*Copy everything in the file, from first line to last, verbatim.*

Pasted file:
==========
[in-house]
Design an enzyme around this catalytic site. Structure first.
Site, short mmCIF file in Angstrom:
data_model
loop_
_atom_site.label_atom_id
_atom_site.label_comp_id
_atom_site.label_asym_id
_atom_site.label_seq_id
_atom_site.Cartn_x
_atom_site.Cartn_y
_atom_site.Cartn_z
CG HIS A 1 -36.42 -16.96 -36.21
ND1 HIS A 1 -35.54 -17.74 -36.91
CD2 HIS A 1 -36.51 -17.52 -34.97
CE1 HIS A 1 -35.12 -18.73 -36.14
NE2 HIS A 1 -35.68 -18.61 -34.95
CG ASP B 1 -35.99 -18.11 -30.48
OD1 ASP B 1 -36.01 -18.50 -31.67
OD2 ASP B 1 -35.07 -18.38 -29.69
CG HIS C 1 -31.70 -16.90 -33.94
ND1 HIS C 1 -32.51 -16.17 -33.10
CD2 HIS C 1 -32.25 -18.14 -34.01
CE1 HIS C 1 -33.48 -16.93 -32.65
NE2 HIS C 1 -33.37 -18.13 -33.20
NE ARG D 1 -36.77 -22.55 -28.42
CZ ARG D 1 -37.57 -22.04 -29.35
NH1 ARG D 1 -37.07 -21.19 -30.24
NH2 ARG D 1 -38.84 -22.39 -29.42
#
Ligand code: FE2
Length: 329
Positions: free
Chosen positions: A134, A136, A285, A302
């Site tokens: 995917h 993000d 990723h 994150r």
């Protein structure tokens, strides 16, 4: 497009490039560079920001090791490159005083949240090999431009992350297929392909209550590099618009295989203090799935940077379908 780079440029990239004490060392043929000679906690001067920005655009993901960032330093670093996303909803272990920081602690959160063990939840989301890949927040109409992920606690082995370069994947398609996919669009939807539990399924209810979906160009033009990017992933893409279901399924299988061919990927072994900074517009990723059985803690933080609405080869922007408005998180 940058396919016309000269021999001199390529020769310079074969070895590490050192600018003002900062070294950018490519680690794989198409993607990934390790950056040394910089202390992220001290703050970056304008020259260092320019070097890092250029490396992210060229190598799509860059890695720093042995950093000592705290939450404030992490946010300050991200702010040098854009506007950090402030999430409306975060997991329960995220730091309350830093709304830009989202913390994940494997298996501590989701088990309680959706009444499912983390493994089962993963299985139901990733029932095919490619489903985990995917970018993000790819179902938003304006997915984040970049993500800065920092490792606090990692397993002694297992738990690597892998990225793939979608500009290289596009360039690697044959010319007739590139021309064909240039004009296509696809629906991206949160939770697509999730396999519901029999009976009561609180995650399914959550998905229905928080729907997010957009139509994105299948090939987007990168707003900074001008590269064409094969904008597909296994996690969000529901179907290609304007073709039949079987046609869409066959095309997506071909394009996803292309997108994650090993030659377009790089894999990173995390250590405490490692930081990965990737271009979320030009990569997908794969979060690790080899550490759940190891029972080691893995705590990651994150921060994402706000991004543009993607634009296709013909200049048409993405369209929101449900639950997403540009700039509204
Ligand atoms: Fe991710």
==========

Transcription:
[in-house]
Design an enzyme around this catalytic site. Structure first.
Site, short mmCIF file in Angstrom:
data_model
loop_
_atom_site.label_atom_id
_atom_site.label_comp_id
_atom_site.label_asym_id
_atom_site.label_seq_id
_atom_site.Cartn_x
_atom_site.Cartn_y
_atom_site.Cartn_z
CG HIS A 1 -36.42 -16.96 -36.21
ND1 HIS A 1 -35.54 -17.74 -36.91
CD2 HIS A 1 -36.51 -17.52 -34.97
CE1 HIS A 1 -35.12 -18.73 -36.14
NE2 HIS A 1 -35.68 -18.61 -34.95
CG ASP B 1 -35.99 -18.11 -30.48
OD1 ASP B 1 -36.01 -18.50 -31.67
OD2 ASP B 1 -35.07 -18.38 -29.69
CG HIS C 1 -31.70 -16.90 -33.94
ND1 HIS C 1 -32.51 -16.17 -33.10
CD2 HIS C 1 -32.25 -18.14 -34.01
CE1 HIS C 1 -33.48 -16.93 -32.65
NE2 HIS C 1 -33.37 -18.13 -33.20
NE ARG D 1 -36.77 -22.55 -28.42
CZ ARG D 1 -37.57 -22.04 -29.35
NH1 ARG D 1 -37.07 -21.19 -30.24
NH2 ARG D 1 -38.84 -22.39 -29.42
#
Ligand code: FE2
Length: 329
Positions: free
Chosen positions: A134, A136, A285, A302
């Site tokens: 995917h 993000d 990723h 994150r």
């Protein structure tokens, strides 16, 4: 497009490039560079920001090791490159005083949240090999431009992350297929392909209550590099618009295989203090799935940077379908 780079440029990239004490060392043929000679906690001067920005655009993901960032330093670093996303909803272990920081602690959160063990939840989301890949927040109409992920606690082995370069994947398609996919669009939807539990399924209810979906160009033009990017992933893409279901399924299988061919990927072994900074517009990723059985803690933080609405080869922007408005998180 940058396919016309000269021999001199390529020769310079074969070895590490050192600018003002900062070294950018490519680690794989198409993607990934390790950056040394910089202390992220001290703050970056304008020259260092320019070097890092250029490396992210060229190598799509860059890695720093042995950093000592705290939450404030992490946010300050991200702010040098854009506007950090402030999430409306975060997991329960995220730091309350830093709304830009989202913390994940494997298996501590989701088990309680959706009444499912983390493994089962993963299985139901990733029932095919490619489903985990995917970018993000790819179902938003304006997915984040970049993500800065920092490792606090990692397993002694297992738990690597892998990225793939979608500009290289596009360039690697044959010319007739590139021309064909240039004009296509696809629906991206949160939770697509999730396999519901029999009976009561609180995650399914959550998905229905928080729907997010957009139509994105299948090939987007990168707003900074001008590269064409094969904008597909296994996690969000529901179907290609304007073709039949079987046609869409066959095309997506071909394009996803292309997108994650090993030659377009790089894999990173995390250590405490490692930081990965990737271009979320030009990569997908794969979060690790080899550490759940190891029972080691893995705590990651994150921060994402706000991004543009993607634009296709013909200049048409993405369209929101449900639950997403540009700039509204
Ligand atoms: Fe991710």